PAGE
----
Preoperative functions (Boston questionnaire)

Score>2***

2,3 (SD 0,8)

1.80

0.81 - 4.02

Preoperative symptoms (Boston questionnaire)

Score>2***

2,9 (SD 0,7)

3.51*

1.32 - 9.37

ENG: Preoperative distal motor latency

Ms

5.2 (SD 1,3)

1.37*

1.01- 1.87

ENG: Preoperative sensory response finger 2

Ms

40.0 (SD 7.2)

0.96

0.89 - 1.03

ENG: Preoperative amplitude finger 2

μV

10.4 (SD 7.2)

0.99

0.91 - 1.07

ENG: Preoperative sensory response finger 3

Ms

39.0 (SD 6.4)

0.95

0.87 - 1.04

ENG: Preoperative amplitude finger 3

μV

9.0 (SD 7.0)

0.98

0.90 - 1.07

ENG: Preoperative conduction from palm to wrist

Ms

35.5 (SD 7.0)

0.94

0.86 - 1.03

Psychological factors

    

Afraid of having chronic hand problems

>7 (scale 0-10)

5 (0;10)**

1.08

0.94 - 1.24

Blaming oneself for the hand problem

>7 (scale 0-10)

2 (0;6)**

1.25*

1.03 - 1.52

Feeling of being alone with hand problems

>7 (scale 0-10)

2 (0;8)**

1.04

0.87 - 1.23

Belief in cure of hand problems 3 months after the operation

>7 (scale 0-10)

1 (0;5)**

1.22

0.94 - 1.57

Social factors

    

Consideration of job change because of hand problems yes/no

Yes

15 (20%)

4.68*

1.39 - 15.7

Support from family and friends

<3 (scale 0-10)

2 (0;7)**

0.93

0.75 - 1.15

Job satisfaction

<3 (scale 0-10)

2 (0;6)

1.09

0.88 - 1.37

* P < 0.05

** medians with 10% and 90% percentiles

***dichotomized based on clinical experience.

Table 5

Multivariate logistic regression analysis of prognostic factors for more than 21 days of sick leave based on two by two variable analysis and all variables analysis

 

All

 

Prognostic factors

OR

95%C.L.

Preoperative sick leave

7.40*

2.12-25.03

Preoperative distal motor latency

1.74*

1.14-2.41

Blaming oneself for the hand problem

1.26*

1.01-1.52

*p < 0.05

Discussion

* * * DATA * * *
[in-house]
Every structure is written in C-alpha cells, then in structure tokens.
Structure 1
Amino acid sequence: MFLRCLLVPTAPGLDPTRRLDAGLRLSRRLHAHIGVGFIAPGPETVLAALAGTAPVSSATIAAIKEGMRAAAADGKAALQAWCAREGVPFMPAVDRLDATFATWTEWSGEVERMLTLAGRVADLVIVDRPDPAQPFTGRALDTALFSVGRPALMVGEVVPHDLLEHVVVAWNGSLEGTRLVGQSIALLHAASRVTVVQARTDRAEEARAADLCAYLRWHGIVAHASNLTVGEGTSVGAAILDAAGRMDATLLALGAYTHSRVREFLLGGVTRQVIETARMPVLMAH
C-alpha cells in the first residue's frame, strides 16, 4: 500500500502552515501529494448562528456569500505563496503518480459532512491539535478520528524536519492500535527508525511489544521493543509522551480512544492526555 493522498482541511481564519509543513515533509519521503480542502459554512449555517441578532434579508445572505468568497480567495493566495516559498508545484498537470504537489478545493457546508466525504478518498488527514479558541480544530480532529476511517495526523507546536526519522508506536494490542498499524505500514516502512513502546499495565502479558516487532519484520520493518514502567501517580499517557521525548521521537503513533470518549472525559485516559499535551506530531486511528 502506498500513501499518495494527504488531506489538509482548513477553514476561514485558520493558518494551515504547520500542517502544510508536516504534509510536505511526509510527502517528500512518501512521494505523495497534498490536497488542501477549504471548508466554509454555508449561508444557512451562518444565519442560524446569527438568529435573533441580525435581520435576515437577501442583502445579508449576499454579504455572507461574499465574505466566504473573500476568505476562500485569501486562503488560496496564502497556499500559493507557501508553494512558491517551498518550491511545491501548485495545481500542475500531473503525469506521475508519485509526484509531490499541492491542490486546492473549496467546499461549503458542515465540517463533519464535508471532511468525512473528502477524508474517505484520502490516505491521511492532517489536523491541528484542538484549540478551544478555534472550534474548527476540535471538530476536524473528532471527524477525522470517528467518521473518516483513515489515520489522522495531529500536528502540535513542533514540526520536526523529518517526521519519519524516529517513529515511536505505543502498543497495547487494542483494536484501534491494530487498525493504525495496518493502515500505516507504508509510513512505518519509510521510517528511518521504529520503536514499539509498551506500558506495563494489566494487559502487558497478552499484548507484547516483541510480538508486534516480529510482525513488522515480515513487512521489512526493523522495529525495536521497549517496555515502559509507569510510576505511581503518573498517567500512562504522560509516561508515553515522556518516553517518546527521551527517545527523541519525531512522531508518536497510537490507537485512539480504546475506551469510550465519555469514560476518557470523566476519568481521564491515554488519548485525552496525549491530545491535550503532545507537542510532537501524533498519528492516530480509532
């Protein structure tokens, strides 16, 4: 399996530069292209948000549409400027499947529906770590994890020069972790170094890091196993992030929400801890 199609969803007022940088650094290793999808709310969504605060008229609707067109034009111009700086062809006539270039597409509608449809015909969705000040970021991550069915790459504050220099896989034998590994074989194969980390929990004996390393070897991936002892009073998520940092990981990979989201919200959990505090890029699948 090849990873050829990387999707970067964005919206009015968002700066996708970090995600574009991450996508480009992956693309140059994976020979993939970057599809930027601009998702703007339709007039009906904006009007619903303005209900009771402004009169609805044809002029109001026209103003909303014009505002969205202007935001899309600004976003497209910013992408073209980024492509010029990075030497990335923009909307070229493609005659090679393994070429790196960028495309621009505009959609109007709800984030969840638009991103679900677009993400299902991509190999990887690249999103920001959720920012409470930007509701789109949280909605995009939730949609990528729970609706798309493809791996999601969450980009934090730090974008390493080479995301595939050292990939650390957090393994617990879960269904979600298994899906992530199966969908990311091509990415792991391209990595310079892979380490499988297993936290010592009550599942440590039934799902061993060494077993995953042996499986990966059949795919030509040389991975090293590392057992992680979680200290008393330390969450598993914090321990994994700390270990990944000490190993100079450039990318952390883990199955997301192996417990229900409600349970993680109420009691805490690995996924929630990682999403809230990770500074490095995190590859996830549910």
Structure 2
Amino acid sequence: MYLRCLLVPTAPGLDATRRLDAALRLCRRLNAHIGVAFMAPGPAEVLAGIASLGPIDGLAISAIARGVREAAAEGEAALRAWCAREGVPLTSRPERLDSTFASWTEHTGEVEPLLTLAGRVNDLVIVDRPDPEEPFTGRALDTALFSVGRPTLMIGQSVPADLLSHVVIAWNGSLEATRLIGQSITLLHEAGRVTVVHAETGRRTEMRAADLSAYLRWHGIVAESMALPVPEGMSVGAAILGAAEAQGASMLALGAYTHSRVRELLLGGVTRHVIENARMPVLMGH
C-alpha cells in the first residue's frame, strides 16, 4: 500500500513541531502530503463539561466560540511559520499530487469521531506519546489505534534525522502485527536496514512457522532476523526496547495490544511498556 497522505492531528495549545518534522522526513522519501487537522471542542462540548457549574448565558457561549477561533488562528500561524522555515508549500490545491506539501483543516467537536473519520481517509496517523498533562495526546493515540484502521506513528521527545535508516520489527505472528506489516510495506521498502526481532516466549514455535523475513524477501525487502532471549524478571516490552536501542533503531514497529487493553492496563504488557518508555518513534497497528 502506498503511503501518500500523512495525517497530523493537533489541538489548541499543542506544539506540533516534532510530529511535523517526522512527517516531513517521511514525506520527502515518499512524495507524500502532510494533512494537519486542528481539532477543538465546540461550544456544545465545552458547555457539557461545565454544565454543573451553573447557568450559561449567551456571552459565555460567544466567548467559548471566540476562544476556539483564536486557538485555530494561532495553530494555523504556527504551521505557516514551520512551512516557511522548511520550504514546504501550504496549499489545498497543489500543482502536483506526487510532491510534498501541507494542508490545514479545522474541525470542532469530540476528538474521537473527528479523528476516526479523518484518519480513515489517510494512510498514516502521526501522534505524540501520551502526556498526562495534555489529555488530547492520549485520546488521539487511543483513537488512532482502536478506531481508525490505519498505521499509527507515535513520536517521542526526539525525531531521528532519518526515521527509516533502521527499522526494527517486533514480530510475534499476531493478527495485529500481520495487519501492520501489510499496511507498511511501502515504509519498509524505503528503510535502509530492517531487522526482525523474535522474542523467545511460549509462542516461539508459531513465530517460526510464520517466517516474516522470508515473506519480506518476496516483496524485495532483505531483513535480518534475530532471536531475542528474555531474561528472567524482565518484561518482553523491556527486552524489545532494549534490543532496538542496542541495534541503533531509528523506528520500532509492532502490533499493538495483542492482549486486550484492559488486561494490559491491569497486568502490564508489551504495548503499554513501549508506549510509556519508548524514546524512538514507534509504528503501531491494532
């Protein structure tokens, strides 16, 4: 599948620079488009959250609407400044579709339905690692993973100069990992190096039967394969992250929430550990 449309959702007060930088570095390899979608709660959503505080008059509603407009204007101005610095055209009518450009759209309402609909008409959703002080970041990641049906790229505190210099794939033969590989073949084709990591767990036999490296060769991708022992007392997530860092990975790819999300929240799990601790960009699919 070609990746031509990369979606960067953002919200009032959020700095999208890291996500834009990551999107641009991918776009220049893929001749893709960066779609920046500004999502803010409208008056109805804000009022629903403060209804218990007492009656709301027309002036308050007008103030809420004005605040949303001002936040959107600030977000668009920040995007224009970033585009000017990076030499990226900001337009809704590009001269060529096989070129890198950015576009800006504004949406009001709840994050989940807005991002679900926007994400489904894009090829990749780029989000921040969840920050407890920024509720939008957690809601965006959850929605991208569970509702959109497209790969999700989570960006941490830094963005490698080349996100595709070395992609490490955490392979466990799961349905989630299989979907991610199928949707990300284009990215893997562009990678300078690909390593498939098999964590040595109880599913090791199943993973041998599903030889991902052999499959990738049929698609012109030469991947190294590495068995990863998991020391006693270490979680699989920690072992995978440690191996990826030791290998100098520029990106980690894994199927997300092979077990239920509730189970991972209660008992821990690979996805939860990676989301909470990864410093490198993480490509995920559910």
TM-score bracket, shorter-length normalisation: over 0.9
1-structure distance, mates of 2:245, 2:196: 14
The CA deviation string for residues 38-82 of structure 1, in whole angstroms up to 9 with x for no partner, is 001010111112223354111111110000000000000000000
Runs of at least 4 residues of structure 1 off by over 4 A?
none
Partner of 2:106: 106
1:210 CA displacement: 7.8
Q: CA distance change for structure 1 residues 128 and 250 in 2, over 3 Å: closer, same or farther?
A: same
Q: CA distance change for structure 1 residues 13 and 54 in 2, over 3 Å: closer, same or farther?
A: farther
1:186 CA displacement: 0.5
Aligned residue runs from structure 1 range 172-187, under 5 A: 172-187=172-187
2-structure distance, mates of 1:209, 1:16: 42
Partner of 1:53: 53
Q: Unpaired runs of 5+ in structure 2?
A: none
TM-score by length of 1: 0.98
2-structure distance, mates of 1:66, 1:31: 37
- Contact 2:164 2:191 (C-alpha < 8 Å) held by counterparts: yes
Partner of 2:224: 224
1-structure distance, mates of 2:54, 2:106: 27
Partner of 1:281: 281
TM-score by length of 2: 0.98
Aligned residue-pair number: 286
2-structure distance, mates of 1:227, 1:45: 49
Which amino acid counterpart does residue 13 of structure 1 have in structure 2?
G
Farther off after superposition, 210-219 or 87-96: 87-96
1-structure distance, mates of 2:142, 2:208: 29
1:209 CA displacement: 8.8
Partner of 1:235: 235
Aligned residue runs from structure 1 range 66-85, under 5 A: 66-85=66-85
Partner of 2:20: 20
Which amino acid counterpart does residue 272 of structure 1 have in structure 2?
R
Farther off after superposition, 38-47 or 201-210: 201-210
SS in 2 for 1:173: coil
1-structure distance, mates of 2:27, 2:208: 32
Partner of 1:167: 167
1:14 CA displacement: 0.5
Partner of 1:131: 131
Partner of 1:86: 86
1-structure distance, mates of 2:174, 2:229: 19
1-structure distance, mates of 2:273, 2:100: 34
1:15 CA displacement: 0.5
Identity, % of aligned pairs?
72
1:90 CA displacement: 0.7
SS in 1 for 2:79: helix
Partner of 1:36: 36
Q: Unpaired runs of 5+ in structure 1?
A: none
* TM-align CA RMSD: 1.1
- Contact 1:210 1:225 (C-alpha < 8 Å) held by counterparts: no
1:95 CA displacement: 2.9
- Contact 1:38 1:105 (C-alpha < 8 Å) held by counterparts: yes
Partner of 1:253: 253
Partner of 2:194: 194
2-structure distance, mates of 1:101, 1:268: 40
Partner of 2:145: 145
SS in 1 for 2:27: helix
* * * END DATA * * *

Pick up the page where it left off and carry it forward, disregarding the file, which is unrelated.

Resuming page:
In a leading article in the BMJ, Graham [12] concluded that the outcomes of carpal tunnel release are generally excellent, and surgery - whether open or closed - works if the diagnosis is right, but outcomes are generally less favourable in elderly people, although patient satisfaction seems to be the same as in younger patients. This observation is based on studies indicating that age may be an important factor as a predictor of prognosis in the surgical treatment of carpal tunnel syndrome [3, 58]. We did not find any correlation between age and gender and return to work after 21 days, but age may not be a good predictor of return to work. Studies indicating age as a predictor of less favourable outcome after carpal tunnel show that results are less favourable after 65-70 years of age, at which time most patients are retired. This is supported by a large retrospective study by Katz [13], in which age was not a strong predictor of outcome. The strongest predictors of a less favourable outcome of surgery in this study were worse scores on patient-reported measures of upper extremity functional limitation and mental health status, alcohol abuse, and the involvement of an attorney. Symptom and functional scores did not show any significant effect on postoperative sick leave in our study as they did in studies by Carmone and Atroshi [3, 7]. The Boston questionnaire has not been validated into Danish and we used non-validated cut points in the analysis based on clinical experience alone, and this may have flawed our analysis. On the other hand, preoperative sick leave was a very strong prognostic factor for postoperative sick leave in our study as in other studies [4], but there does not seem to be an association between the length of the preoperative sick leave and the length of the postoperative sick leave. Using sick leave as a measure of outcome is in it self also a problem, as this may not be the same as the disability to work. In Denmark all patients have full salary on sick leave so different reimbursement possibilities do not influence sick leave in our study. We have tried to identify psychological and social factors and include these factors in the analysis, but many other factors may influence sick leave after the operation. The surgeons or general practitioners advice may be an important factor. In our study we tried not to bias the study by giving the patients specific advice about the postoperative sick leave, but were not able to avoid the general practitioners advising the patients specifically about sick leave. Other factors may also influence postoperative sick leave as experience reported from friends and relatives about sick leave after a hand operation. Workers' compensation claims are known to be a negative factor in prognosis [3, 4, 9, 14], but also here, we found no correlation. In our pilot study "White collar" and "Blue collar" was not a predictor of return to work. This distinction between workers may not be relevant anymore, as job functions has changed both for "Blue collar" and "White collar" workers. Industrial workers may now be placed in functions that are not very hand demanding and "White collar" workers may have very hand demanding tasks using computers. As a result we have used the patients self reported evaluation of hand demands in their job instead of "White collar" and "Blue collar". Other studies have shown a positive correlation between hand activities at work and sick leave [3, 7], but we did not find any correlation between high demand on hand function at work and return to work after 21 days.